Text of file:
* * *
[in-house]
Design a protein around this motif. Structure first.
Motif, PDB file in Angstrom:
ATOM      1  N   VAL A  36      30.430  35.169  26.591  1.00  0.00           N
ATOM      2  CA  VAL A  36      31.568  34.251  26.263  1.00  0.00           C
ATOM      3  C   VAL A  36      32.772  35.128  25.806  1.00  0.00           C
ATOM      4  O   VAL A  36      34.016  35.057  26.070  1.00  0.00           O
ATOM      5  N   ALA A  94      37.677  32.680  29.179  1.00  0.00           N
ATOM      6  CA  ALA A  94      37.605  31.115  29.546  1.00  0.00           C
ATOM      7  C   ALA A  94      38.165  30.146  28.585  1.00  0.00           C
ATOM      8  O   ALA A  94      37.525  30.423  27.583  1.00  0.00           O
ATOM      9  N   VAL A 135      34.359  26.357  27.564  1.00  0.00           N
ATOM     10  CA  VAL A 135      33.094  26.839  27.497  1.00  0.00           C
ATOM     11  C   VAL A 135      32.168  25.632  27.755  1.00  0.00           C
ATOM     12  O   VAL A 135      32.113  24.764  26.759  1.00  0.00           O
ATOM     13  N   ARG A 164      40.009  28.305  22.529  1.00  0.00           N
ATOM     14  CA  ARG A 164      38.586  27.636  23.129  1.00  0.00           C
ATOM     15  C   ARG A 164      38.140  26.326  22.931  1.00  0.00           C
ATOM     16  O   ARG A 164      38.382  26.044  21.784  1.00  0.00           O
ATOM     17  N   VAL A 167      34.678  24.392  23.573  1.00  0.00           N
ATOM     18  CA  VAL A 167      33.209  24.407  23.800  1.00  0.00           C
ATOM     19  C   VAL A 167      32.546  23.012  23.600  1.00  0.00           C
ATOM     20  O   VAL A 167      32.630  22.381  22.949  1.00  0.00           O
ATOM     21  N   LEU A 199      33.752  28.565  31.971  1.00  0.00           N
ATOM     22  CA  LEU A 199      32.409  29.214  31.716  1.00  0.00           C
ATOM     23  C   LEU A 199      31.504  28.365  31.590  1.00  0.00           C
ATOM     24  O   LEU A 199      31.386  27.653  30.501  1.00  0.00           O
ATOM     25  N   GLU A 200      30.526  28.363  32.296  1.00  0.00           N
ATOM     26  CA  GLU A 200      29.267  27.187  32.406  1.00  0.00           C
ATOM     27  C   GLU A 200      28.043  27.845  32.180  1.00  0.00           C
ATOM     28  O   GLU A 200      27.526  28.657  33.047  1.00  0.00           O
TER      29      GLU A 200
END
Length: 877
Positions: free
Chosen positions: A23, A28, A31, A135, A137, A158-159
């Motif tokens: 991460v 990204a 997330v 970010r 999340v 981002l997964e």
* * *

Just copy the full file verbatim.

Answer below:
[in-house]
Design a protein around this motif. Structure first.
Motif, PDB file in Angstrom:
ATOM      1  N   VAL A  36      30.430  35.169  26.591  1.00  0.00           N
ATOM      2  CA  VAL A  36      31.568  34.251  26.263  1.00  0.00           C
ATOM      3  C   VAL A  36      32.772  35.128  25.806  1.00  0.00           C
ATOM      4  O   VAL A  36      34.016  35.057  26.070  1.00  0.00           O
ATOM      5  N   ALA A  94      37.677  32.680  29.179  1.00  0.00           N
ATOM      6  CA  ALA A  94      37.605  31.115  29.546  1.00  0.00           C
ATOM      7  C   ALA A  94      38.165  30.146  28.585  1.00  0.00           C
ATOM      8  O   ALA A  94      37.525  30.423  27.583  1.00  0.00           O
ATOM      9  N   VAL A 135      34.359  26.357  27.564  1.00  0.00           N
ATOM     10  CA  VAL A 135      33.094  26.839  27.497  1.00  0.00           C
ATOM     11  C   VAL A 135      32.168  25.632  27.755  1.00  0.00           C
ATOM     12  O   VAL A 135      32.113  24.764  26.759  1.00  0.00           O
ATOM     13  N   ARG A 164      40.009  28.305  22.529  1.00  0.00           N
ATOM     14  CA  ARG A 164      38.586  27.636  23.129  1.00  0.00           C
ATOM     15  C   ARG A 164      38.140  26.326  22.931  1.00  0.00           C
ATOM     16  O   ARG A 164      38.382  26.044  21.784  1.00  0.00           O
ATOM     17  N   VAL A 167      34.678  24.392  23.573  1.00  0.00           N
ATOM     18  CA  VAL A 167      33.209  24.407  23.800  1.00  0.00           C
ATOM     19  C   VAL A 167      32.546  23.012  23.600  1.00  0.00           C
ATOM     20  O   VAL A 167      32.630  22.381  22.949  1.00  0.00           O
ATOM     21  N   LEU A 199      33.752  28.565  31.971  1.00  0.00           N
ATOM     22  CA  LEU A 199      32.409  29.214  31.716  1.00  0.00           C
ATOM     23  C   LEU A 199      31.504  28.365  31.590  1.00  0.00           C
ATOM     24  O   LEU A 199      31.386  27.653  30.501  1.00  0.00           O
ATOM     25  N   GLU A 200      30.526  28.363  32.296  1.00  0.00           N
ATOM     26  CA  GLU A 200      29.267  27.187  32.406  1.00  0.00           C
ATOM     27  C   GLU A 200      28.043  27.845  32.180  1.00  0.00           C
ATOM     28  O   GLU A 200      27.526  28.657  33.047  1.00  0.00           O
TER      29      GLU A 200
END
Length: 877
Positions: free
Chosen positions: A23, A28, A31, A135, A137, A158-159
């Motif tokens: 991460v 990204a 997330v 970010r 999340v 981002l997964e």